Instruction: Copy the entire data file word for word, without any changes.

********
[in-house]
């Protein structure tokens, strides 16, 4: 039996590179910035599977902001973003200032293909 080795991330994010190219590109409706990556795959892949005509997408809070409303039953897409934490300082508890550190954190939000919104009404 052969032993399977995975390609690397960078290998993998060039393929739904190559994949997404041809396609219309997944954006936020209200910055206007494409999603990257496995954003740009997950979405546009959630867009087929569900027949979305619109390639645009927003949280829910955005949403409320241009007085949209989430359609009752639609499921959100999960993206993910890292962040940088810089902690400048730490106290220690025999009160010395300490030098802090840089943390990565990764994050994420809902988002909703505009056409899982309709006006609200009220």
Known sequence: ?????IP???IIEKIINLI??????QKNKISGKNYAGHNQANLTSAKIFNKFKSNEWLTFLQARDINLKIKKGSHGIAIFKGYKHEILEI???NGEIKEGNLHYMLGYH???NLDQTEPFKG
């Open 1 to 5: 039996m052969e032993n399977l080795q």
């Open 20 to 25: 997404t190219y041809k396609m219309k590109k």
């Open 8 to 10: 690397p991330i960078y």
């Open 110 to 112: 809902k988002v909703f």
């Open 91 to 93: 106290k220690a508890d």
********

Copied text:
[in-house]
């Protein structure tokens, strides 16, 4: 039996590179910035599977902001973003200032293909 080795991330994010190219590109409706990556795959892949005509997408809070409303039953897409934490300082508890550190954190939000919104009404 052969032993399977995975390609690397960078290998993998060039393929739904190559994949997404041809396609219309997944954006936020209200910055206007494409999603990257496995954003740009997950979405546009959630867009087929569900027949979305619109390639645009927003949280829910955005949403409320241009007085949209989430359609009752639609499921959100999960993206993910890292962040940088810089902690400048730490106290220690025999009160010395300490030098802090840089943390990565990764994050994420809902988002909703505009056409899982309709006006609200009220």
Known sequence: ?????IP???IIEKIINLI??????QKNKISGKNYAGHNQANLTSAKIFNKFKSNEWLTFLQARDINLKIKKGSHGIAIFKGYKHEILEI???NGEIKEGNLHYMLGYH???NLDQTEPFKG
């Open 1 to 5: 039996m052969e032993n399977l080795q």
């Open 20 to 25: 997404t190219y041809k396609m219309k590109k």
């Open 8 to 10: 690397p991330i960078y």
């Open 110 to 112: 809902k988002v909703f």
């Open 91 to 93: 106290k220690a508890d």